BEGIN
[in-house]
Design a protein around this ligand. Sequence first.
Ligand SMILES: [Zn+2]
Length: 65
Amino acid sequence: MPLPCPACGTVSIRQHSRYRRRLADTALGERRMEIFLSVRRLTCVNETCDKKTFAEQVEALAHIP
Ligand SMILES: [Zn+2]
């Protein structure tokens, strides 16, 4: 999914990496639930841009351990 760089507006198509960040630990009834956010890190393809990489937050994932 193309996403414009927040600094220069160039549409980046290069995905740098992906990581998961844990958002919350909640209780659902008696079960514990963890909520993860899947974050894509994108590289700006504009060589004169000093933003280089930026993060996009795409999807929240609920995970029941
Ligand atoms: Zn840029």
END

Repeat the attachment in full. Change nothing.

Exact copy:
[in-house]
Design a protein around this ligand. Sequence first.
Ligand SMILES: [Zn+2]
Length: 65
Amino acid sequence: MPLPCPACGTVSIRQHSRYRRRLADTALGERRMEIFLSVRRLTCVNETCDKKTFAEQVEALAHIP
Ligand SMILES: [Zn+2]
């Protein structure tokens, strides 16, 4: 999914990496639930841009351990 760089507006198509960040630990009834956010890190393809990489937050994932 193309996403414009927040600094220069160039549409980046290069995905740098992906990581998961844990958002919350909640209780659902008696079960514990963890909520993860899947974050894509994108590289700006504009060589004169000093933003280089930026993060996009795409999807929240609920995970029941
Ligand atoms: Zn840029």